Tamil Nadu is India's second largest economy and a highly urbanised, leading manufacturing state, offering opportunities in advanced manufacturing, urban infrastructure and water management. The state capital Chennai, the 'Detroit of India', is the centre of Indian automobile and component manufacturing and one of the world's top 10 automotive hubs. The state is a major agricultural producer and a major importer of Australian pulses and grains. Tamil Nadu's wind energy potential is world class. The state has among the highest per capita incomes and best health indicators in India.

Andhra Pradesh

Andhra Pradesh leads on the ease of doing business rankings and the state's GSDP has been growing at 11 per cent per annum over three years to 2017. The construction of a greenfield capital city has attracted major foreign players and offers opportunities for Australian infrastructure and urban development providers. The state's resources and energy sector matches Australian capabilities in mining, METS and renewable energy technology. Following the state's bifurcation in 2014, when the state's former north-western region was carved out to become a separate state, Chief Minister Chandrababu Naidu embarked on an ambitious plan to rebuild the state economy, attract investment, pilot policy reforms and drive innovation. Naidu spearheaded Hyderabad's development from 1994 to 2004 and is bringing a similar zeal to major state-building projects. The port city of Vishakhapatnam, with the state's highest per capita income, is being developed as a new fintech hub.


Telangana, India's newest state and one of India's fastest growing economies (experiencing 9.5 per cent per annum growth over three years to 2017), holds potential for Australia across its biotech, health, energy, fintech, innovation and start-up eco-system. In 2016, only three years since its formation, Telangana ranked equal first (with Andhra Pradesh) on the ease of doing business. Telangana's capital and economic epicentre is the IT, pharmaceuticals and Telugu-language film hub of Hyderabad. The city is India's sixth largest metropolis and a home to major corporates including Facebook, Google, Apple and Microsoft.

West Bengal

West Bengal, India's third most populous state, is positioned as a regional hub for Australian engagement on mining and METS, including as the gateway to the mineral-rich states of Jharkhand, Chhattisgarh and Odisha. West Bengal is the centre of India's mining and resources sector. West Bengal has been the most significant METS market for Australian companies in India. West Bengal is also a significant healthcare hub for eastern India, a gateway to the northeast and a strong agricultural producer. The state capital of Kolkata is India's third largest metropolis, re-emerging as a growth centre and is home to Coal India. Kolkata is projected to be in the top 10 fastest growing cities in Asia out to 2021.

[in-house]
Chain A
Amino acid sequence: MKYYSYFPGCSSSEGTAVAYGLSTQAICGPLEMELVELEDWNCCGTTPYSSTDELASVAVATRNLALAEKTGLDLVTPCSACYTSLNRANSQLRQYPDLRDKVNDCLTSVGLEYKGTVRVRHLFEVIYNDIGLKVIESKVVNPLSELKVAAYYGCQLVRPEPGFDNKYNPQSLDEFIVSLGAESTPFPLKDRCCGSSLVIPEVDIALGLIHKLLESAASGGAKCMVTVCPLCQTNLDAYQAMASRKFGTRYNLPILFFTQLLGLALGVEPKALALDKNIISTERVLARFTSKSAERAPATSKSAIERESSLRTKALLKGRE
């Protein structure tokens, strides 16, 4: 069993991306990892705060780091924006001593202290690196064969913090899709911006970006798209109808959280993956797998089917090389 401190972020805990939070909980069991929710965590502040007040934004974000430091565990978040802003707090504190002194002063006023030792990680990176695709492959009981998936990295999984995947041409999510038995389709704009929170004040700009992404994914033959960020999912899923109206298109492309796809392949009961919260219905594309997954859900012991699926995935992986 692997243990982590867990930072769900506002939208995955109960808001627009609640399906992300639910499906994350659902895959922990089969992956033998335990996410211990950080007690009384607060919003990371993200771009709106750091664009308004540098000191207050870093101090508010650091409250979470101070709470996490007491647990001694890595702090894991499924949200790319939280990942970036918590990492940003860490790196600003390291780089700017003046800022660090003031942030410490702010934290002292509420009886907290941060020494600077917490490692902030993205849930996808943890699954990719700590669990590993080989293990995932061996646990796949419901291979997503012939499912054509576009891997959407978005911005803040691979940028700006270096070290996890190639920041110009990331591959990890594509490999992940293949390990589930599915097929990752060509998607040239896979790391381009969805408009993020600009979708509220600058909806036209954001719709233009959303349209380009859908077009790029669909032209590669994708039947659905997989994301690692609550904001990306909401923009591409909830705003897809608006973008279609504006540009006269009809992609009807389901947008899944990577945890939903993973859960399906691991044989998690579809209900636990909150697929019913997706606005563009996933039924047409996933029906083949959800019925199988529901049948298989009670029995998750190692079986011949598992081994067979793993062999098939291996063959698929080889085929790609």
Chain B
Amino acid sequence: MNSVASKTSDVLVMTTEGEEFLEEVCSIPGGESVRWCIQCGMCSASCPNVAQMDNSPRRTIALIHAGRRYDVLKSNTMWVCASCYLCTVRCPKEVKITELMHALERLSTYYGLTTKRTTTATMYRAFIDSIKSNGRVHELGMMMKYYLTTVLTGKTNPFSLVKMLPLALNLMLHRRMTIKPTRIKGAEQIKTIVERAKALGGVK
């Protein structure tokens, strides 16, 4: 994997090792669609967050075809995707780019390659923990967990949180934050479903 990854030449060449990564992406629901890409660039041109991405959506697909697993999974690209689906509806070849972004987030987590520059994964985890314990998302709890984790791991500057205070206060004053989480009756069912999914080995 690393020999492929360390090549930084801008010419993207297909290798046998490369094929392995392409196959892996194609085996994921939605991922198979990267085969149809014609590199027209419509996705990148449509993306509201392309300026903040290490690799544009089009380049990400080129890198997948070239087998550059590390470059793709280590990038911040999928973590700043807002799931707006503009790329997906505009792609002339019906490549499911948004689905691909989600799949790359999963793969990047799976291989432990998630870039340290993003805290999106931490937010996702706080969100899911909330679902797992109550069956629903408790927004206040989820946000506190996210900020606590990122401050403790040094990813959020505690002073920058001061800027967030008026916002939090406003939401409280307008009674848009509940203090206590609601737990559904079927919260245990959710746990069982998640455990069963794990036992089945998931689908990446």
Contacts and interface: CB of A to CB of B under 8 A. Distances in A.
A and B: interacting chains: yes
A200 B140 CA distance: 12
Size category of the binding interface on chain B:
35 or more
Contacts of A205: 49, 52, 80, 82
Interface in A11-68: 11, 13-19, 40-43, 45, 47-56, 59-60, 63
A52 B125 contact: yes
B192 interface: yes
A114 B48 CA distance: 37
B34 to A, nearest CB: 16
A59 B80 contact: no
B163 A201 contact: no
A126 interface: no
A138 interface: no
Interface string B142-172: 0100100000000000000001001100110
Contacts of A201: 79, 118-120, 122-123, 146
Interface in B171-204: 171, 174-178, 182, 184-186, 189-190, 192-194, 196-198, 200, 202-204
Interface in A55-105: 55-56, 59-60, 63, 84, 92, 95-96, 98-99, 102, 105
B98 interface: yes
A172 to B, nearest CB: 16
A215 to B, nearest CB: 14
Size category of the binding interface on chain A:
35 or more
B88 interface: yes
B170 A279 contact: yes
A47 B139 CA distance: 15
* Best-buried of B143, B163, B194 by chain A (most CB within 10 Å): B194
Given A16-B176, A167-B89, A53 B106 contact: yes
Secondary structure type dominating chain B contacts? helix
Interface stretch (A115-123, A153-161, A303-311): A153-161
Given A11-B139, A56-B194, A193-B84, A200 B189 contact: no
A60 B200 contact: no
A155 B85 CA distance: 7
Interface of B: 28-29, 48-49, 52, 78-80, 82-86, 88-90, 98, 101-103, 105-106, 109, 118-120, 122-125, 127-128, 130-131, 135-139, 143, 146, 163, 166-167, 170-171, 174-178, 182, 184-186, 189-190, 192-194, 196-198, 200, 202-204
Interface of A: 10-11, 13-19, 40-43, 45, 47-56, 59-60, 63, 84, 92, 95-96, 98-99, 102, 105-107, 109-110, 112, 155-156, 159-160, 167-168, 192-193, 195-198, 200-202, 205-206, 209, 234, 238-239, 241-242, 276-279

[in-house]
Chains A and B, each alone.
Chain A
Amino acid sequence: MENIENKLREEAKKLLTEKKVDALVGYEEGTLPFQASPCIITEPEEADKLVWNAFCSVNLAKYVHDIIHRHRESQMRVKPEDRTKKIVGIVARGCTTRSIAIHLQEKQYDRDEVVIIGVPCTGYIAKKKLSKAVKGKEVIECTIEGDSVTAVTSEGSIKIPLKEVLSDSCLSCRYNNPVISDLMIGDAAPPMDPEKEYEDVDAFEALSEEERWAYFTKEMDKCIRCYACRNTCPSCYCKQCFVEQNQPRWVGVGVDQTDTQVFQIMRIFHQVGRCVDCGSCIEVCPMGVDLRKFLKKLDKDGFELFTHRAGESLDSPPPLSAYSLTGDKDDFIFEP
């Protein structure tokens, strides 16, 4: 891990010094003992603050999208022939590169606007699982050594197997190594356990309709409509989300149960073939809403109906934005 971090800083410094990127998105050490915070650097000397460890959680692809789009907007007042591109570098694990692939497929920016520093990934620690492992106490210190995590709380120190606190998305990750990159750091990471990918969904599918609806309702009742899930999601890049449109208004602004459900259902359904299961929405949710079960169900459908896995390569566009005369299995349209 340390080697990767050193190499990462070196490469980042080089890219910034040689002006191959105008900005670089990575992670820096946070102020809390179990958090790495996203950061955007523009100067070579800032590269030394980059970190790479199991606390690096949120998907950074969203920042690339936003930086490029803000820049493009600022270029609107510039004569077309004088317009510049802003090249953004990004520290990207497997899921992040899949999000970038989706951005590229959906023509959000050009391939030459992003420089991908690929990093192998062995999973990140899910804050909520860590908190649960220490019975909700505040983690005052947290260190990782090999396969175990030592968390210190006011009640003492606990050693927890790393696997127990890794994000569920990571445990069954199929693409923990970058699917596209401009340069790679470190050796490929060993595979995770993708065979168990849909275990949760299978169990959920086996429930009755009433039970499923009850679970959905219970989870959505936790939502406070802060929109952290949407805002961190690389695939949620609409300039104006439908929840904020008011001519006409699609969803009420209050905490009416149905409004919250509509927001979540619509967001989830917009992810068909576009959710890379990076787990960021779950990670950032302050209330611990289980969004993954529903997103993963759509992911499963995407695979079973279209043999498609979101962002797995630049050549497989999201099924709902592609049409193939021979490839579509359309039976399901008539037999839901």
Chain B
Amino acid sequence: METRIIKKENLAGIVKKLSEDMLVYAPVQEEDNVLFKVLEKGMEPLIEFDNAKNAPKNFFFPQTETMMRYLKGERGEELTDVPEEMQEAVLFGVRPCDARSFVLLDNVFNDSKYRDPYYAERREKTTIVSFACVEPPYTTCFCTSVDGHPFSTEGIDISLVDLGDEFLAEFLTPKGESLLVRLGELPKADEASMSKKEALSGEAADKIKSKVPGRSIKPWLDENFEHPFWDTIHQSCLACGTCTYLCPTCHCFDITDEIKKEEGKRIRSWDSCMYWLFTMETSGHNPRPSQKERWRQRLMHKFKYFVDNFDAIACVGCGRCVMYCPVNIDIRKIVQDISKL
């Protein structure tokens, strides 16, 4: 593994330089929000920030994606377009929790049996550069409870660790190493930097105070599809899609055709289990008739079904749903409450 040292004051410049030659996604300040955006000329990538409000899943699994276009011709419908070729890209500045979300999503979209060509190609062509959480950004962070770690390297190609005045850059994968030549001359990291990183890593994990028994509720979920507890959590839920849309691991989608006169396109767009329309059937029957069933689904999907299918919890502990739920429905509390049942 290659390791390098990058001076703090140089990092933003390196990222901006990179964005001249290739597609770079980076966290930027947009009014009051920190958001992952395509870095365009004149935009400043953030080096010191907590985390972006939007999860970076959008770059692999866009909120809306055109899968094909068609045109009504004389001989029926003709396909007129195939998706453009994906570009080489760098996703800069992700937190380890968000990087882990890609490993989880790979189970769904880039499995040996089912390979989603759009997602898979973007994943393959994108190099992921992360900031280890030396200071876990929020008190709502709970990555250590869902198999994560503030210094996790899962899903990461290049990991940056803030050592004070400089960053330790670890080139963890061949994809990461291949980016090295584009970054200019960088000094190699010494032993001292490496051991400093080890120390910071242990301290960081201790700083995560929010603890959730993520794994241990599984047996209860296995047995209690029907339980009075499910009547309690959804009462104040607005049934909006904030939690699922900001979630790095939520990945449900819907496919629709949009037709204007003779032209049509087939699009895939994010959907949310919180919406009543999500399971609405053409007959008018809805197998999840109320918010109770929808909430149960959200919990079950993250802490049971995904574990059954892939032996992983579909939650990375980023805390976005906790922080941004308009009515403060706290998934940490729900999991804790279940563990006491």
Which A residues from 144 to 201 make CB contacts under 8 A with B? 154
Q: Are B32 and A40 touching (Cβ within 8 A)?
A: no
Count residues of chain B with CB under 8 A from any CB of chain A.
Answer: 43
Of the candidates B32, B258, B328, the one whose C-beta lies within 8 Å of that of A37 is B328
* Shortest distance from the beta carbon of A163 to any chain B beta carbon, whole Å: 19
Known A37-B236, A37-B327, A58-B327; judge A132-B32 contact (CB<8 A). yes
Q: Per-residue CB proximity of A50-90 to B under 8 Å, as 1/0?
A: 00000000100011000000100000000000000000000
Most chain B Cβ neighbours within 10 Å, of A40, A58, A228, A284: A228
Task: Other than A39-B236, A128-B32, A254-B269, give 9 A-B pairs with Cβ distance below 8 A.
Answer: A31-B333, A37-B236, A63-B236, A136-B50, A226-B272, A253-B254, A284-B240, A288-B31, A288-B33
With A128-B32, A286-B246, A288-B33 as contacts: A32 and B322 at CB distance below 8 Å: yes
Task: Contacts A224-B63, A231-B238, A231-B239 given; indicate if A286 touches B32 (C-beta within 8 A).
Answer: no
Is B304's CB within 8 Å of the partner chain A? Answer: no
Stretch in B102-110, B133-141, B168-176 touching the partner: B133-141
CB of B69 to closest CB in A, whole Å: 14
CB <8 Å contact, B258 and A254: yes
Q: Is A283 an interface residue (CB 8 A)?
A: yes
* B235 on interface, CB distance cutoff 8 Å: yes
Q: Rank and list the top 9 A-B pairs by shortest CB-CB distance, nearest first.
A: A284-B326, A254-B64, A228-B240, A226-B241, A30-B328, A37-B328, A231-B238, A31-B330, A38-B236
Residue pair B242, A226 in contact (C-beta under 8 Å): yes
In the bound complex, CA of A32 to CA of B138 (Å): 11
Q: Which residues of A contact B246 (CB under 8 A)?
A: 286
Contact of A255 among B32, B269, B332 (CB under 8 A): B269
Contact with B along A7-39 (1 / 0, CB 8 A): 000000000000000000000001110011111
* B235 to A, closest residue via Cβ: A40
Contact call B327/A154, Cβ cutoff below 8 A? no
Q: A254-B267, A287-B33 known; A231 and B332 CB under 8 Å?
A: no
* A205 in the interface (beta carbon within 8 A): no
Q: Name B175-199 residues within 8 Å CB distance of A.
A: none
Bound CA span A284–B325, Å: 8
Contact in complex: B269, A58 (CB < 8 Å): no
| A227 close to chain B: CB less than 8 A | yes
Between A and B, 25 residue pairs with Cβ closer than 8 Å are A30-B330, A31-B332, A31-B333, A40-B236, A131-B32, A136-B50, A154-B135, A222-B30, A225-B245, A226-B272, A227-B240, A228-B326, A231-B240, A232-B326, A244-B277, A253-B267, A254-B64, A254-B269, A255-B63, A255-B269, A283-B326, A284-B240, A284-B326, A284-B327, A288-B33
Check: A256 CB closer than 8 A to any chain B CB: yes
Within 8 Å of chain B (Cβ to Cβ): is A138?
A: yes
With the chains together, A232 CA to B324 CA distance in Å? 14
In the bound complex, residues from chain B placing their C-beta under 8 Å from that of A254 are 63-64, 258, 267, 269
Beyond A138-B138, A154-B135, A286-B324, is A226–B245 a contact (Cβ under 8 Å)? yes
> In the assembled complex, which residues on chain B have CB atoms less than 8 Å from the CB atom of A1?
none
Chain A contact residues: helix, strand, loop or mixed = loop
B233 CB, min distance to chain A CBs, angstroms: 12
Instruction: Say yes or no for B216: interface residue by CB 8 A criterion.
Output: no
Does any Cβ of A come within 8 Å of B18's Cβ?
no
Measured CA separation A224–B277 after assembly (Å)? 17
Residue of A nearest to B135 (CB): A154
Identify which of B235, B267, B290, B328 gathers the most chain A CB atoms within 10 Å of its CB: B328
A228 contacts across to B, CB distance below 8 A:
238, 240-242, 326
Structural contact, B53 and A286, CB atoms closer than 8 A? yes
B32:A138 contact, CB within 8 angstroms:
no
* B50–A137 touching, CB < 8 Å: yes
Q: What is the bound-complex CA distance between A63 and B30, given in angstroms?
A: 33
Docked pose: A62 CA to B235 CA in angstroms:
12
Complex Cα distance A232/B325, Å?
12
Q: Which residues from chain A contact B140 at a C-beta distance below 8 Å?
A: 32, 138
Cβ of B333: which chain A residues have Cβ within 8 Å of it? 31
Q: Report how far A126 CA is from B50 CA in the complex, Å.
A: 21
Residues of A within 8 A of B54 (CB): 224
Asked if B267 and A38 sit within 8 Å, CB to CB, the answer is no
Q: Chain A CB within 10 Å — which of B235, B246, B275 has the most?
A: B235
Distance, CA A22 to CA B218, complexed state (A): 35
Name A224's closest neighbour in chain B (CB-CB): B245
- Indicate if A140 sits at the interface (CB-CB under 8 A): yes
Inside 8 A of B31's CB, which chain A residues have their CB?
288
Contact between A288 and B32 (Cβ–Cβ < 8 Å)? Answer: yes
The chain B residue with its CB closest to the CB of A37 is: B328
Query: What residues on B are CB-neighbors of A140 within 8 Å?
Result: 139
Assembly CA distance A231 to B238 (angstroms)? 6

Punjab offers opportunities in agribusiness, as an agricultural powerhouse producing 16 per cent of India's wheat, 11 per cent of rice, and a major share of diary. Over 80 per cent of the state is under intensive agriculture and agricultural yields per hectare are around double the national average. There are also sectoral opportunities in water management, given irrigation and groundwater quality challenges, as well as in sports. Punjab remains among the largest sources of Indian migrants and students in Australia, yielding strong diaspora connections. Although Punjab's economy is currently sluggish, exacerbated by governance challenges, it remains a relatively prosperous state and a breadbasket, accounting for 20 per cent of national food production. Pressures on productivity and sustainability have started to affect the agricultural sector, but this holds promise for Australian expertise in conservation agriculture and water management.

Uttar Pradesh

Uttar Pradesh is India's largest state of over 220 million, a bellwether for national politics and India's third largest state economy driven largely by agriculture. It remains one of India's less developed states. The landlocked state has struggled with poor natural resource endowments and Australian commercial engagement has been limited to date due to poor perceptions of the ease of doing business and infrastructure gaps. But the state has unparalleled scale, untapped markets and out to 2035, the significance of its size and national political clout will only increase. Although per capita incomes are low across the state as a whole, there are pockets of economic potential with relatively higher income segments, particularly in the state's west. Development in western Uttar Pradesh is driven by its proximity to New Delhi, including in the cities of Ghaziabad, Meerut, Mathura as well as Noida, north India's emerging IT and business process outsourcing hub. Lucknow, the state capital, is the base of India's largest tanneries, a centre of wheat, rice and sugarcane production, and emerging centre for aeronautical engineering. And Agra is a major agricultural processing centre, including of cotton, dairy and flour milling.